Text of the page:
In addition to direct communication connection 106 between fault tolerant device 102 and test/host device 104, the system environment 100 of
Fault Tolerant Device Generally Embodied as a Fault Tolerant Disk Array Capable of Fault Path Testing Through Automated Error Injection
Test/host device 104 typically includes a processor 200, a volatile memory 202 (i.e., RAM), and a non-volatile memory 204 (e.g., ROM, hard disk, floppy disk, CD-ROM, etc.). Nonvolatile memory 204 generally provides storage of computer readable instructions, data structures, program modules and other data for test/host device 104. Test/host device 104 may implement various application programs 206 stored in memory 204 and executed on processor 200 that create or otherwise access data to be transferred via direct communication connection 106 to fault tolerant disk array 102 for storage and subsequent retrieval. Such applications 206 might include software programs implementing, for example, word processors, spread sheets, browsers, multimedia players, illustrators, computer-aided design tools and the like.
Test/host device 104 also includes an external fault injection module 208 stored in memory 204 and executable on processor 200. External fault injection module 208 is configured to inject faults/errors into fault tolerant disk array 102 via independent error injection port 234 as more fully discussed herein below. As mentioned above, test/host device 104 may be a host computer that is supported by fault tolerant device 102, or it may simply be a temporary test computer coupled to fault tolerant device 102 to facilitate fault/error injection testing.
Fault tolerant disk array 102 is generally designed to provide continuous data storage and data retrieval under various fault conditions for computer devices such as remote device(s) 108 and test/host device 104 of
Controllers 210(A) and 210(B) on fault tolerant disk array 102 mirror each other and are generally configured to redundantly store and access data on disk drives 216. Thus, controllers 210(A) and 210(B) perform tasks such as attaching validation tags to data before saving it to disk drives 216 and checking the tags to ensure data from a disk drive 216 is correct before sending it back to test/host device 104 or remote device 108. Controllers 210(A) and 210(B) also tolerate faults such as disk drive 216 failures by recreating data that may be lost due to such failures.
Controllers 210 on fault tolerant disk array 102 typically include I/O processor(s) such as FC (fiber channel) I/O processor(s) 218, main processor(s) 220, nonvolatile (NV) RAM 222, non-volatile memory 224 (e.g., ROM), and one or more ASICs (application specific integrated circuits) such as memory controller ASIC 226. NV RAM 222 is supported by a battery backup (not shown) that preserves data in NV RAM 222 in the event power is lost to controller(s) 210. Nonvolatile memory 224 generally provides storage of computer readable instructions, data structures, program modules and other data for fault tolerant disk array 102.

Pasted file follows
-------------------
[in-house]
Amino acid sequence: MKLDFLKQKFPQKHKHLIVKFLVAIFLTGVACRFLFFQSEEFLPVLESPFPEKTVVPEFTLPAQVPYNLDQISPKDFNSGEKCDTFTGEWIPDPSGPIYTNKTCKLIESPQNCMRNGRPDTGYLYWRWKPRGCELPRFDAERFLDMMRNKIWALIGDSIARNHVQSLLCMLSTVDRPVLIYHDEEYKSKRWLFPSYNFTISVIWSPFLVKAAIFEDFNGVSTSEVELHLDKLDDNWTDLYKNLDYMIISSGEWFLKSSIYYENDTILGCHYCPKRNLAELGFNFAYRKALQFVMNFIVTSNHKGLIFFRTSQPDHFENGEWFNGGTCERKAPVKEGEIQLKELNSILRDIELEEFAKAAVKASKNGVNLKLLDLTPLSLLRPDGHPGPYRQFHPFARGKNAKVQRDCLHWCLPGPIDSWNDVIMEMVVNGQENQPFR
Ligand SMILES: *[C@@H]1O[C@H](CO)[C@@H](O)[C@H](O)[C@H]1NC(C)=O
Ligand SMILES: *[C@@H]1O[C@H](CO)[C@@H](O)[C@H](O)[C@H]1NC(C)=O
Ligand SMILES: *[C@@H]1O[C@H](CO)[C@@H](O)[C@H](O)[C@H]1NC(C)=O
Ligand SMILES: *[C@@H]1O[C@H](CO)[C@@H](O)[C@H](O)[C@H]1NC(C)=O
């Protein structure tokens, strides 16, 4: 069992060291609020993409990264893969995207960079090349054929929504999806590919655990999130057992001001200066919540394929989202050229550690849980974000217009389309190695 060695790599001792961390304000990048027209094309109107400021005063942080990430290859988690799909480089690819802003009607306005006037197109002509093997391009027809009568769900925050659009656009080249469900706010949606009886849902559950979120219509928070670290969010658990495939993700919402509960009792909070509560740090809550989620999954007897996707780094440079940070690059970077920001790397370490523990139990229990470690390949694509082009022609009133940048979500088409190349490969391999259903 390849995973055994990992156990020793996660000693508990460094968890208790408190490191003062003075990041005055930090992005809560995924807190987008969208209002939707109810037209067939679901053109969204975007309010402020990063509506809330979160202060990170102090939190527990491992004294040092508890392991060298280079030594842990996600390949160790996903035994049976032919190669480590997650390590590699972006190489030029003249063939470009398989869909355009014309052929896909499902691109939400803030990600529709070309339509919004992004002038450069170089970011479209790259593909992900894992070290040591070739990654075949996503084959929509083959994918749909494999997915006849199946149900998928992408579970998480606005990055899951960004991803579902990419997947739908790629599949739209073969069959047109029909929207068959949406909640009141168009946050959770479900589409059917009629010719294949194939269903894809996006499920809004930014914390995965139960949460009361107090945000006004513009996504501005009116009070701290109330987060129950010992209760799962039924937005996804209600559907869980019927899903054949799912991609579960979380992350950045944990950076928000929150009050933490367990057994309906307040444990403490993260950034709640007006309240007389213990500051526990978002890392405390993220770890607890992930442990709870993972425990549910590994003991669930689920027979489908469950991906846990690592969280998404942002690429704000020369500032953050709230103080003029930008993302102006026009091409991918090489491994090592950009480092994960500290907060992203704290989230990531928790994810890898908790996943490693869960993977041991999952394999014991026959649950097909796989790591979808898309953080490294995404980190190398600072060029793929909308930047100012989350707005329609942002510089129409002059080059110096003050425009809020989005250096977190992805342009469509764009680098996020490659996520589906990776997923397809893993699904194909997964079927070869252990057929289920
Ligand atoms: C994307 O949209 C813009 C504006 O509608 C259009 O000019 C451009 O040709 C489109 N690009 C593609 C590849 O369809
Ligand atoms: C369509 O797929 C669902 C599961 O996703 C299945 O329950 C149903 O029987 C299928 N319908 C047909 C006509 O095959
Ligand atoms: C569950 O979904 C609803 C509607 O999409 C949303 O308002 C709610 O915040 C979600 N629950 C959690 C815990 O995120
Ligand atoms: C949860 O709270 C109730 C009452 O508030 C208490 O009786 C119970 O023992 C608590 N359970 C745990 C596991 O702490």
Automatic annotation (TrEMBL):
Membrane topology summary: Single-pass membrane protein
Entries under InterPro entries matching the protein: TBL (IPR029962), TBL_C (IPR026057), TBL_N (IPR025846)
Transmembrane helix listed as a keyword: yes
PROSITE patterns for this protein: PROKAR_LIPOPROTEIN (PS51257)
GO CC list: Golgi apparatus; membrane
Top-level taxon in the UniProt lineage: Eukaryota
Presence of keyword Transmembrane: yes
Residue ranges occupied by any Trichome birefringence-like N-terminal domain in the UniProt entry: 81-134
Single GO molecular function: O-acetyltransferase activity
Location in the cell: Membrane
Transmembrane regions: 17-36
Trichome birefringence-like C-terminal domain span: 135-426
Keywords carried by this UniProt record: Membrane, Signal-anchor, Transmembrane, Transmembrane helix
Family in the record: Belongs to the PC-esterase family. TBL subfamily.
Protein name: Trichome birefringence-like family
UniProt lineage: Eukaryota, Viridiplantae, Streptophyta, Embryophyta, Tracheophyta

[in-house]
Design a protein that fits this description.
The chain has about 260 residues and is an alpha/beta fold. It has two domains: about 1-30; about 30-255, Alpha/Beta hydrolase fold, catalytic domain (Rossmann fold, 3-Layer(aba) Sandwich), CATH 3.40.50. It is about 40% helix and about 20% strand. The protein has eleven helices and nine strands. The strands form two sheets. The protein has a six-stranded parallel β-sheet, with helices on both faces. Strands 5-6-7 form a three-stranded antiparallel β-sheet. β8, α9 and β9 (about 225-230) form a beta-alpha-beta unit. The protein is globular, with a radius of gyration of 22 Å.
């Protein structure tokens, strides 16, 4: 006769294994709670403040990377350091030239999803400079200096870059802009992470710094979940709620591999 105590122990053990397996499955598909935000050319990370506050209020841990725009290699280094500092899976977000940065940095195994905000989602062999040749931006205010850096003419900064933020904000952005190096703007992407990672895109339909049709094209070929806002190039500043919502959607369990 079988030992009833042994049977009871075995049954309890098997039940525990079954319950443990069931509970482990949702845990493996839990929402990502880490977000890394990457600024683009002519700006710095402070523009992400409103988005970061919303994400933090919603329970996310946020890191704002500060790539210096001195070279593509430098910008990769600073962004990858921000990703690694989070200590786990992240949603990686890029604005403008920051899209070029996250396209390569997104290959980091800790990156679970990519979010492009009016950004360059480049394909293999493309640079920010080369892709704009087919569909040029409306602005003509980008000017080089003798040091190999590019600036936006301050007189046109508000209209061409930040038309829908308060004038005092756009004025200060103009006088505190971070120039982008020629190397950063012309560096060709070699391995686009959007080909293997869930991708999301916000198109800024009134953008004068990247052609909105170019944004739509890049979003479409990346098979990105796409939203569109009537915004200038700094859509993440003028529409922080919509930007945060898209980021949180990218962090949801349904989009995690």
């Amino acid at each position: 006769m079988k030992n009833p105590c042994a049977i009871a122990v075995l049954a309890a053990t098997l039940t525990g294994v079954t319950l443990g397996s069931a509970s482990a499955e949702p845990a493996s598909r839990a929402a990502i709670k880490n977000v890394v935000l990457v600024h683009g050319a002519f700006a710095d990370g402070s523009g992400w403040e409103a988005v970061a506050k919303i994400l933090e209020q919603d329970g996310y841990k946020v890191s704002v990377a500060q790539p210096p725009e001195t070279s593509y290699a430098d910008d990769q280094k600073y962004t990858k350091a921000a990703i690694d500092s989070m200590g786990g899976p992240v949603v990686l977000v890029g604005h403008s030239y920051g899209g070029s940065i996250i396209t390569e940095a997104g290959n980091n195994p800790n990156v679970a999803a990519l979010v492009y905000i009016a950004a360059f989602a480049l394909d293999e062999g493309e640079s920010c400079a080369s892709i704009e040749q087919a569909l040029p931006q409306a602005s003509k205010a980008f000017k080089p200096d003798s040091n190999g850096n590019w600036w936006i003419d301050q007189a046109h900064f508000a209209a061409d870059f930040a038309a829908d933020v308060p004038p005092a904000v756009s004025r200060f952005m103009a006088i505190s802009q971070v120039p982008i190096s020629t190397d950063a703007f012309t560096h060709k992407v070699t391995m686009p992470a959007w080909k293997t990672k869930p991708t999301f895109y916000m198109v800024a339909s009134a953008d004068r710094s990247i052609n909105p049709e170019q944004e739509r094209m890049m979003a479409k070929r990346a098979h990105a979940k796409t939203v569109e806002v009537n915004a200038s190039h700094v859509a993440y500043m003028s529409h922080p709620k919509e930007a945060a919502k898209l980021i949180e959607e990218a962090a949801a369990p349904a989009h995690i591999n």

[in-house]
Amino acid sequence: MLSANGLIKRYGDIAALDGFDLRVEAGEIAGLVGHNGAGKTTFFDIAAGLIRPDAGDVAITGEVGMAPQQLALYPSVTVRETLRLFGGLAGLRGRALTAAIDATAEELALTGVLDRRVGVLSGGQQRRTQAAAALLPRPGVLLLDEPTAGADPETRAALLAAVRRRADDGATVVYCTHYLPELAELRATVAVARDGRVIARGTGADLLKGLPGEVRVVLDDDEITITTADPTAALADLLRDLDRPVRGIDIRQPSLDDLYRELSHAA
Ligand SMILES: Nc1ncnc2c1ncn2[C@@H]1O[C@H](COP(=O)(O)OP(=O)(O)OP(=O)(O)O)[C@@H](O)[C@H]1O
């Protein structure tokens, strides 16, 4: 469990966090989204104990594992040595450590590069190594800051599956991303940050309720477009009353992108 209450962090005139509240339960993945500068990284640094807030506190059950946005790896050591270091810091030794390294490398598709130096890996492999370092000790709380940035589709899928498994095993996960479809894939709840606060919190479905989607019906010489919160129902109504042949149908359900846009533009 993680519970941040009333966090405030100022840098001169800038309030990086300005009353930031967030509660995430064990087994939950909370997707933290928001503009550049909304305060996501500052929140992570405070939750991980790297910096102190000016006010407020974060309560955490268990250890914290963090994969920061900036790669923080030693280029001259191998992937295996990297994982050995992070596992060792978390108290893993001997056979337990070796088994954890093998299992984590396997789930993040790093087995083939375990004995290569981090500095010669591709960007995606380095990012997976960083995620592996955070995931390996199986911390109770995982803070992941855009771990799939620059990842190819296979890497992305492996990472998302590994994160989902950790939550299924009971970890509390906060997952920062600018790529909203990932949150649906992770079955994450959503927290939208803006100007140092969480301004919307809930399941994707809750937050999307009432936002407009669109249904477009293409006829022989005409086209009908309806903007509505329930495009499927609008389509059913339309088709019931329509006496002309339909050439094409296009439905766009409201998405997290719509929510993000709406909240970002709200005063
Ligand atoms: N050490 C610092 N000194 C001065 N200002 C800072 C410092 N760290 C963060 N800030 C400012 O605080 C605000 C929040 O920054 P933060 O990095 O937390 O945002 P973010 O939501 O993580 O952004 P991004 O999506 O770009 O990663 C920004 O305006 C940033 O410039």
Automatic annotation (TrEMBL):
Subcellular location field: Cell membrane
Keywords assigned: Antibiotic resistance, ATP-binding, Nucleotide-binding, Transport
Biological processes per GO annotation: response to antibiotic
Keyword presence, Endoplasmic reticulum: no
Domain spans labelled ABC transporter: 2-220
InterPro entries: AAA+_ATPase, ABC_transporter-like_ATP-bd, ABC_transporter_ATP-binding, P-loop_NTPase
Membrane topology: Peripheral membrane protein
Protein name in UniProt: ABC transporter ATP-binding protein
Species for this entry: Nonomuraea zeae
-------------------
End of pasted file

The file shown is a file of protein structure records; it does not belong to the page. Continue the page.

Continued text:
Nonvolatile memory 224 thus includes firmware 228 and internal fault injection module firmware 230. Firmware 228 is generally configured to execute on processor(s) 220 and support normal disk array 102 operations. Firmware 228 additionally contains portions of code dedicated to handling various fault scenarios that may arise in fault tolerant disk array 102. Firmware 228 therefore contains many fault paths that are executed only when specific faults occur at specific times during the operation of disk array 102. Internal fault injection module 230 is configured to execute on processor(s) 220 and inject faults/errors into the fault logic 232 on memory controller ASIC 226 as more fully discussed herein below.
FC I/O processor(s) 218 receives data and commands from test/host device 104 and/or remote device(s) 108 via direct communication link 106 or network connection 110. FC I/O processor(s) 218 communicate with main processor(s) 220 through standard protocols and interrupt procedures to transfer data and commands to redundant controller 210(B) and generally move data between NV RAM 222 and various disk drives 216 to ensure that data is stored redundantly.
Memory controller ASIC 226 generally controls communication between mirrored controllers 210(A) and 210(B). Memory controller ASIC 226 handles tagging of data sectors being striped to disks in the array of disks 214 and writes parity information across the disk drives 216. Data striping is a process well-known to those skilled in the art which breaks down data into chunks and writes the data in stripe-like patterns across a number of disk drives 216. Using parity to add redundancy is also well-known to those skilled in the art and permits the recreation of data that is lost in the event of a fault such as a disk drive failure.